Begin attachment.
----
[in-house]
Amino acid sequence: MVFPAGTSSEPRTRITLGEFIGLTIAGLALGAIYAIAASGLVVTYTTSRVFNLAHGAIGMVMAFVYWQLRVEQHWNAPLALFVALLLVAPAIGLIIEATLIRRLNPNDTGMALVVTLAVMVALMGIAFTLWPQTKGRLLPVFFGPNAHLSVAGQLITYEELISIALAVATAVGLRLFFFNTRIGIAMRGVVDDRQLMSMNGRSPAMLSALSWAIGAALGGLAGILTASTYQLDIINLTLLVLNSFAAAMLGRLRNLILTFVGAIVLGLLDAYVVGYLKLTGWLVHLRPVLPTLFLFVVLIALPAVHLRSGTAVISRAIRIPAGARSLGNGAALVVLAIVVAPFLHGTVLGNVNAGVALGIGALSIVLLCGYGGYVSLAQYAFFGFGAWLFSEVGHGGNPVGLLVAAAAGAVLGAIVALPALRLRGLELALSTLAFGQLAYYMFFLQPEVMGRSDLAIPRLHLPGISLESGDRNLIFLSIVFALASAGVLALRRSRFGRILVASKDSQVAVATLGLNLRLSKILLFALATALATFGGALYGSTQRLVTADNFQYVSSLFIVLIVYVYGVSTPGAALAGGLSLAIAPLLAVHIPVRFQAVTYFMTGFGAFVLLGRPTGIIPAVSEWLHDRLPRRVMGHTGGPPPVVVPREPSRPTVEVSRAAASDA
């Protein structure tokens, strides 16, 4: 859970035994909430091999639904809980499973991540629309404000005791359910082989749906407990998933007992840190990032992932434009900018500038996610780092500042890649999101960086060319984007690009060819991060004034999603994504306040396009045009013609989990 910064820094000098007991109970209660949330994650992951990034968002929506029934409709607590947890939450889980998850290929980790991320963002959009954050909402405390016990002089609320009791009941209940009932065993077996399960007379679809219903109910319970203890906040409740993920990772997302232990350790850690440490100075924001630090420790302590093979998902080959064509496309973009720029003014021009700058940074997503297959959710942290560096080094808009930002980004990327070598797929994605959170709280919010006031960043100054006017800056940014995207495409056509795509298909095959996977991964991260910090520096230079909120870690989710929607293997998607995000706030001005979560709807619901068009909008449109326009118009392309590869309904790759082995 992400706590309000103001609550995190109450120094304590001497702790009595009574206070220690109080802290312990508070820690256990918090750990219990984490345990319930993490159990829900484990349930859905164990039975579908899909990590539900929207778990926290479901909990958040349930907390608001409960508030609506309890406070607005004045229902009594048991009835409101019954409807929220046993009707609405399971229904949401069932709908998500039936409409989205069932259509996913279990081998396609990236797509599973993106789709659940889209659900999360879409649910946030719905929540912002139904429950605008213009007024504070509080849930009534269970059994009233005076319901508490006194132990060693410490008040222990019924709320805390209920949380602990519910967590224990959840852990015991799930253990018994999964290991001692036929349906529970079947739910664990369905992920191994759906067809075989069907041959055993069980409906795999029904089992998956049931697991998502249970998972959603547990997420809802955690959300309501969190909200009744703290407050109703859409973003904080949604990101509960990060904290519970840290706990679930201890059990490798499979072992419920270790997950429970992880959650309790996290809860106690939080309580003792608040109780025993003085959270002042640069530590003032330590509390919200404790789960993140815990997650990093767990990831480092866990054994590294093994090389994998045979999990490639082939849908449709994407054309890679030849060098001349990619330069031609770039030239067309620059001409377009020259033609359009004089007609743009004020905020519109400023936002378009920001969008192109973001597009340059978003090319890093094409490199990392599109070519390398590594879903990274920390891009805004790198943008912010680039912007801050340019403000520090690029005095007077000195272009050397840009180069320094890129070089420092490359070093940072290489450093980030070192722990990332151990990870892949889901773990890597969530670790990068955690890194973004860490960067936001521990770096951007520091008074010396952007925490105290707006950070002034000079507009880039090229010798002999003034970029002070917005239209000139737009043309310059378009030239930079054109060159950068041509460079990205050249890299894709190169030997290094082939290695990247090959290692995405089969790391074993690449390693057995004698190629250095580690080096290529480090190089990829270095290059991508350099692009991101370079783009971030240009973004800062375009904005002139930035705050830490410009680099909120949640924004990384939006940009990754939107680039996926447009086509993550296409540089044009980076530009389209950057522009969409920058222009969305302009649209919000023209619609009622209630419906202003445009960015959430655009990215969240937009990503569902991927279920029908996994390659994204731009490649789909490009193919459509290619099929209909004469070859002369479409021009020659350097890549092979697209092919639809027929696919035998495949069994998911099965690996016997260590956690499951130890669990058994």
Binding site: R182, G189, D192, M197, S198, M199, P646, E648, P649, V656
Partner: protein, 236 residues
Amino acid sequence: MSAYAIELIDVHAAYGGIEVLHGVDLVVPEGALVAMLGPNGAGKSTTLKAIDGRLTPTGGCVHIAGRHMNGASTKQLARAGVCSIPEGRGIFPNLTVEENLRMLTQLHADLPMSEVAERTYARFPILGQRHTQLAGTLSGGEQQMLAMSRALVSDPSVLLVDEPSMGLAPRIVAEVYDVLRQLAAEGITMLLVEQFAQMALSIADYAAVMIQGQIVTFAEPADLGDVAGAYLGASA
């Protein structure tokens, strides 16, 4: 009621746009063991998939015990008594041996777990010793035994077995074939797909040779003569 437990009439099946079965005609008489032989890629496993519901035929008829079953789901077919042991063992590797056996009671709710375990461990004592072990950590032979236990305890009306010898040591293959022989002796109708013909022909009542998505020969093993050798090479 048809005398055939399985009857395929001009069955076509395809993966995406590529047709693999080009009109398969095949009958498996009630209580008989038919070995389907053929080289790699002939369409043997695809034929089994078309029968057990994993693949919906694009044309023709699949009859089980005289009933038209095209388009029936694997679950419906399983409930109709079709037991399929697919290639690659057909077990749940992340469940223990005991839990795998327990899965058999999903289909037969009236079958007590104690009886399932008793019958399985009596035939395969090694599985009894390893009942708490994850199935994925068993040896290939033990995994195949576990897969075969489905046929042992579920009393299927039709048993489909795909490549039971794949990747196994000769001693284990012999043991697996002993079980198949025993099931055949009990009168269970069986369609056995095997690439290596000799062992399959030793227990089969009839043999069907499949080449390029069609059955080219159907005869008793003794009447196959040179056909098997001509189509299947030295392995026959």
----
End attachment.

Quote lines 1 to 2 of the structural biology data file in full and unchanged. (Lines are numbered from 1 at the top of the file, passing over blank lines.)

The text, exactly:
[in-house]
Amino acid sequence: MVFPAGTSSEPRTRITLGEFIGLTIAGLALGAIYAIAASGLVVTYTTSRVFNLAHGAIGMVMAFVYWQLRVEQHWNAPLALFVALLLVAPAIGLIIEATLIRRLNPNDTGMALVVTLAVMVALMGIAFTLWPQTKGRLLPVFFGPNAHLSVAGQLITYEELISIALAVATAVGLRLFFFNTRIGIAMRGVVDDRQLMSMNGRSPAMLSALSWAIGAALGGLAGILTASTYQLDIINLTLLVLNSFAAAMLGRLRNLILTFVGAIVLGLLDAYVVGYLKLTGWLVHLRPVLPTLFLFVVLIALPAVHLRSGTAVISRAIRIPAGARSLGNGAALVVLAIVVAPFLHGTVLGNVNAGVALGIGALSIVLLCGYGGYVSLAQYAFFGFGAWLFSEVGHGGNPVGLLVAAAAGAVLGAIVALPALRLRGLELALSTLAFGQLAYYMFFLQPEVMGRSDLAIPRLHLPGISLESGDRNLIFLSIVFALASAGVLALRRSRFGRILVASKDSQVAVATLGLNLRLSKILLFALATALATFGGALYGSTQRLVTADNFQYVSSLFIVLIVYVYGVSTPGAALAGGLSLAIAPLLAVHIPVRFQAVTYFMTGFGAFVLLGRPTGIIPAVSEWLHDRLPRRVMGHTGGPPPVVVPREPSRPTVEVSRAAASDA